Born in Stockholm, Sweden, Katharina Stenbeck grew up with an early interest in experimental theatre. She studied at acting conservatories in Stockholm and New York City, subsequently working as an actress, before a chance encounter plunged her into the world of music. Fronting a Brooklyn-based electronic band for several years, she found a platform where she could marry many of her artistic means of expression into one and the same project. Katharina relocated from New York to Los Angeles in 2015. In LA, she began to actively explore her painting, primarily working in acrylic on canvas.
Congrats on being part of the recent LA Art Show! Can you tell me a little about the experience?
Thank you. Like many creatives, I hardly ever stop to take a second to appreciate progress I’m making on my artistic journey. Accomplishments are often achieved on a smaller scale and they blend together with the day-to-day hustle. Having a piece in the LA Art Show this year was one of those moments when I wanted to make sure to acknowledge that I’d achieved a goal I’d set for myself. I was at the LA Art show 2016 and thought “I’d love to have a piece here…”, and this year, I did.
As a multidisciplinary artist, how do you balance the different types of projects you’re working? Do you like to focus on one medium at a time or do you like to switch things up?
My background is in theatre and that informs my other artforms in many ways. My work in music always incorporates theatricality in some way, whether it’s in my lyrics, my song arrangements or my live performances. My visual art can get woven into my other artforms as well, with my paintings and sculptural works often popping up in selfmade music videos and/or as wearable creations for use on stage. In this sense, I don’t necessarily feel that I have to focus on a single artform at a time, but I do try to focus on a single project at a time. Usually, my projects incorporate many of my artforms all under one umbrella. For example, for a music video, I would have written and recorded the music, most likely made the clothes and props for the shoot and would also be the one performing in it.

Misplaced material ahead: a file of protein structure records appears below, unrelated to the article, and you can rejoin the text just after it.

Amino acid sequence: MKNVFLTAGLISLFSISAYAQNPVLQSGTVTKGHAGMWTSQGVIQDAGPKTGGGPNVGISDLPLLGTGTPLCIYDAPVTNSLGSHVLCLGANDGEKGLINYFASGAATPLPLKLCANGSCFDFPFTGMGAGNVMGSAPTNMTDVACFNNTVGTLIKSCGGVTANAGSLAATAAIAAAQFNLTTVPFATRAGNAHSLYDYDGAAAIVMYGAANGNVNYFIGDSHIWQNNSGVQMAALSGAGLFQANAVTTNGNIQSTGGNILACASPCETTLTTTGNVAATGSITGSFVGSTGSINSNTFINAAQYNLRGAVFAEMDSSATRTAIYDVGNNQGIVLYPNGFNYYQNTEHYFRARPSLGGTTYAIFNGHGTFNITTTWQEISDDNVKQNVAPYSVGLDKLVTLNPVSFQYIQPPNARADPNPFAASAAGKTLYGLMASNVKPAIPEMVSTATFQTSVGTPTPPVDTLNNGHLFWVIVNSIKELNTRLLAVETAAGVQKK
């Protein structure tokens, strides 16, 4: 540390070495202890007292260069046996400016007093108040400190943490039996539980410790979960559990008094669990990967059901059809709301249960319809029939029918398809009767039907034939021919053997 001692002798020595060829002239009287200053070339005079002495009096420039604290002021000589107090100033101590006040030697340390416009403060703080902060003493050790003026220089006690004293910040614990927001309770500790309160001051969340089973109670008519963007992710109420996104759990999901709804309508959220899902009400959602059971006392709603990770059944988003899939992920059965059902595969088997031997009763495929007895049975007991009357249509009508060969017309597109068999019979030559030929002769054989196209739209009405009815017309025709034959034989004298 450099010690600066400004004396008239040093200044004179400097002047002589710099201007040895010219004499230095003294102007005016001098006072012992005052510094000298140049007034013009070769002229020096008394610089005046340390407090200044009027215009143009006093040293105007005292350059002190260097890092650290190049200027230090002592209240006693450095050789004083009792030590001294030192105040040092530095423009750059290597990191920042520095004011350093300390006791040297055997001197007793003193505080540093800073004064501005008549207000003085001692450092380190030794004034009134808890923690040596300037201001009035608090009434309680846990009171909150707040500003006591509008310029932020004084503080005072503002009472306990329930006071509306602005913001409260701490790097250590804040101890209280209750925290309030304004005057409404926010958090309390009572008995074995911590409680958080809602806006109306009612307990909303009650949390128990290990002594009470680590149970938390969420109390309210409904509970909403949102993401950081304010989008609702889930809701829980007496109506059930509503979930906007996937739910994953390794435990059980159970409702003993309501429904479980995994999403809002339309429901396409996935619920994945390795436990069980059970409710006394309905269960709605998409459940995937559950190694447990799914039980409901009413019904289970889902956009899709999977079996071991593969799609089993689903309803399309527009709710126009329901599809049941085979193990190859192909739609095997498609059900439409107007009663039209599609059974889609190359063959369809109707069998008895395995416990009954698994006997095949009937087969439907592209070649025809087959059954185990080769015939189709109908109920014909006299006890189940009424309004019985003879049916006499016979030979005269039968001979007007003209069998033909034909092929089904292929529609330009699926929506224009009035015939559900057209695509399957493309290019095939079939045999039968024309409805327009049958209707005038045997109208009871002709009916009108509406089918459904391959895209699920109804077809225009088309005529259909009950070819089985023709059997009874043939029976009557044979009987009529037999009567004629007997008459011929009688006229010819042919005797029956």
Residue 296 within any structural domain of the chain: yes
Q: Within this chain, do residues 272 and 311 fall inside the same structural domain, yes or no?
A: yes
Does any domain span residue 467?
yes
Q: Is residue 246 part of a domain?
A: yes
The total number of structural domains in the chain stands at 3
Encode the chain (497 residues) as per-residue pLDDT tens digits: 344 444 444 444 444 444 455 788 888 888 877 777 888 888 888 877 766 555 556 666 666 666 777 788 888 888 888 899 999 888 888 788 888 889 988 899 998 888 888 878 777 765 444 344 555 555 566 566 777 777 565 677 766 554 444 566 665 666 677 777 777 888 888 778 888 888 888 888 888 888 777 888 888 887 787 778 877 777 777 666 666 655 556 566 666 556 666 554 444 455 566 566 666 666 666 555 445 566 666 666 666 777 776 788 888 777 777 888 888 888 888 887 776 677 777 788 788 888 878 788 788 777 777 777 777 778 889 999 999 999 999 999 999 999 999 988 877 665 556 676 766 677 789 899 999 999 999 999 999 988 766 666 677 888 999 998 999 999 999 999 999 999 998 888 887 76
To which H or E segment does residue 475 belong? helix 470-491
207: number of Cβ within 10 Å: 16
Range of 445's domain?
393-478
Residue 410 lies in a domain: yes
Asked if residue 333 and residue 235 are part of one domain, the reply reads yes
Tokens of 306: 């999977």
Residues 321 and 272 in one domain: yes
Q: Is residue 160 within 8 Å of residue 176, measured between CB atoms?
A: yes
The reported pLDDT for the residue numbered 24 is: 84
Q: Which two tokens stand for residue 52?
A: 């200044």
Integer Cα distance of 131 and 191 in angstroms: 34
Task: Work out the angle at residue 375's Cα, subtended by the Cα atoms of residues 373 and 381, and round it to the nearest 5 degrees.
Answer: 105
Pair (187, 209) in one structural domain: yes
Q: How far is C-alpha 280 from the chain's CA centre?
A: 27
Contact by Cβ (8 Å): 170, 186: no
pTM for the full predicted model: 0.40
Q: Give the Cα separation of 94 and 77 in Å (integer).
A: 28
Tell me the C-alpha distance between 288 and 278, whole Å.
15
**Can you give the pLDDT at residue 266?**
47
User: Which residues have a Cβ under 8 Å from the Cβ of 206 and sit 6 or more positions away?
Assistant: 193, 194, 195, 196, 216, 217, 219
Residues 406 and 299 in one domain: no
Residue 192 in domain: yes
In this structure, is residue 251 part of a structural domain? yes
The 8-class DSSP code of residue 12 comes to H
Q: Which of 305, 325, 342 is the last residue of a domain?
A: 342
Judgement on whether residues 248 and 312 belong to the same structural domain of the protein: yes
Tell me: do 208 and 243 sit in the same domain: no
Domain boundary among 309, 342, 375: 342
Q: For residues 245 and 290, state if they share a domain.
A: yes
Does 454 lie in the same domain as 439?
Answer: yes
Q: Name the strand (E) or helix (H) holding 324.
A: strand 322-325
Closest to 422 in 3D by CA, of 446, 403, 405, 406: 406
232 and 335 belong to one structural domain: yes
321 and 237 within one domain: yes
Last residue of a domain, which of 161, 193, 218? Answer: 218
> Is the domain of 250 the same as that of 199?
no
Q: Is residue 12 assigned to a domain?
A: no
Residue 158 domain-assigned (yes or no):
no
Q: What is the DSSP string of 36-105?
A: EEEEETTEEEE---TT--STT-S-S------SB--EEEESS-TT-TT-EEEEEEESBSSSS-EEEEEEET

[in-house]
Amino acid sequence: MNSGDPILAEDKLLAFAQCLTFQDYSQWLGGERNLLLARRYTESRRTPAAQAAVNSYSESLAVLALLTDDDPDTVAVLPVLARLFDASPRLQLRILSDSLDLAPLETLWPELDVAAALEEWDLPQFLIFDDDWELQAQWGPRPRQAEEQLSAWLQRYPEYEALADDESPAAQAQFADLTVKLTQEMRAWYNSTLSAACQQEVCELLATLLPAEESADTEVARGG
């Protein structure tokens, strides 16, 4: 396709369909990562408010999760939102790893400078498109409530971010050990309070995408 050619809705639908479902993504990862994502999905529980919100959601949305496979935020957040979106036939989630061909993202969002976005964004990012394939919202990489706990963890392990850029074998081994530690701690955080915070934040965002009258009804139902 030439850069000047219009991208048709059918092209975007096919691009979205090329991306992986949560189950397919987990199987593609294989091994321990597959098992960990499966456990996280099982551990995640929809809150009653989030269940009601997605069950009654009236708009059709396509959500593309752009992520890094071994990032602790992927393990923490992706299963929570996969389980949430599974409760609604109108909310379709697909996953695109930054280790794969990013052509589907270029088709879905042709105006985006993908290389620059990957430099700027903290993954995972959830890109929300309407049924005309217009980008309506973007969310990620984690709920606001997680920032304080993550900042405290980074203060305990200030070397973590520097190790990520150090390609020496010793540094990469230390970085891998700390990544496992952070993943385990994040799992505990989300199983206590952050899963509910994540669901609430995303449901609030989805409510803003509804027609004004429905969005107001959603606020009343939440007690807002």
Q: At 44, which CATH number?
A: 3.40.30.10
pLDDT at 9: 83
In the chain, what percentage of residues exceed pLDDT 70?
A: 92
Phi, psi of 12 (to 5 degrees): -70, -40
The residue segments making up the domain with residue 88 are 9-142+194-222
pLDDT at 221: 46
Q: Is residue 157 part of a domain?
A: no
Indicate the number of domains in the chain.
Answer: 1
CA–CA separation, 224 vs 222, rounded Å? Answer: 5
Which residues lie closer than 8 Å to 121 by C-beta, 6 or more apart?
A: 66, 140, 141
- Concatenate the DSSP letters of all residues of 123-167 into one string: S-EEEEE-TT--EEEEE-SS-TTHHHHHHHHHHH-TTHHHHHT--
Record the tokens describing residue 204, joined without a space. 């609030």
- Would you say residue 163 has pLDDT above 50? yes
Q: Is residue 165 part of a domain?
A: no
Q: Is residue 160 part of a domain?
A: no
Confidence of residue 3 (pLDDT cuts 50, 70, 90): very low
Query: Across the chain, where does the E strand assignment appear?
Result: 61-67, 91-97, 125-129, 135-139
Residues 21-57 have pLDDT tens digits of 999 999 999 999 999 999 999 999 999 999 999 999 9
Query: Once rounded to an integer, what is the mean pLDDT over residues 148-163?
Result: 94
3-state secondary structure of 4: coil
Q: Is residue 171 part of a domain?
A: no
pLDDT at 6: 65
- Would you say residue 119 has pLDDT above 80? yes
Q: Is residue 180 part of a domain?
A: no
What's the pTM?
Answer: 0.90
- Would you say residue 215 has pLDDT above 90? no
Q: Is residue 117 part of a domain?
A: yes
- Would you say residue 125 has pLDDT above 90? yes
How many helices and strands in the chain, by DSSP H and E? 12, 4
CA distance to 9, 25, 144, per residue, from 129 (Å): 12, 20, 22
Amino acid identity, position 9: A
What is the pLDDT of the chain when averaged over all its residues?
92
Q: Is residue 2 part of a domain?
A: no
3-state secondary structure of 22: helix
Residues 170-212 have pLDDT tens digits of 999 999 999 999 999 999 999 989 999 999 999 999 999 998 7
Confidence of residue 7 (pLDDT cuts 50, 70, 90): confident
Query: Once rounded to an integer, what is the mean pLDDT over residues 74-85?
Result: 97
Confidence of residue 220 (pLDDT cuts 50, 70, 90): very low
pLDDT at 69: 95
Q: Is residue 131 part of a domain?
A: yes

What’s new on the horizon for 2017?
I do try to stay busy and always prefer to keep momentum going, especially if I’m working on a particular project and know the steps I need to take to complete it. That sense of “completion” can mean many things, it can come in the form of laying the final brush strokes on a painting, adding the last dabs of glue to a papier-mâché sculpture, mastering a finished song or performing something that’s been in rehearsal for several months. This year, I’ll be launching my first solo project in music after many years in a band, and I’m really looking forward to sharing the songs. I’m aiming to have the first single and accompanying music video out this spring.
I’ve been enjoying your Creamy Humans and Animal Hybrids series. Do you plan to continue any of the series? What new series will you be working on?
Thank you. Their origin stories are interesting to me, I had been painting animals for quite some time and then found myself drawn to the idea of painting animal heads with human bodies. That was my first step toward painting humans. After having painted several animal human hybrid pieces, I felt it was time to explore what a “normal” human might look like, with his/her own head attached to the body. It felt scary at first, I wasn’t sure what my own artistic interpretation of a face would look like. A face can be rather intimidating to take on as an artist. Someone once said “The face is the mirror of the mind”, and there’s a lot of truth in that. I had sketched and doodled so many faces throughout the years, but I found that they were often emulating faces I had seen in comic books, famous paintings or magazine illustrations. I think that’s why I chose to make my faces so simple, linear and flat when I finally started painting “real” humans. My painting style in general has lately been exploring the folk art aspect of linearity and flatness, so it was a good fit. In some ways, I think my Creamy Humans series are all self portraits, too.
Regarding my next series, I’ve found myself drawn to trying out some more abstract motifs, with paintings incorporating only aspects of the human body such as hands and feet and ears, letting the body parts interact with each other as well as with shapes and colors across the canvas.
In 2017, Katharina will be launching her first solo project in music. Find more about her and her work at www.katharinastenbeck.com.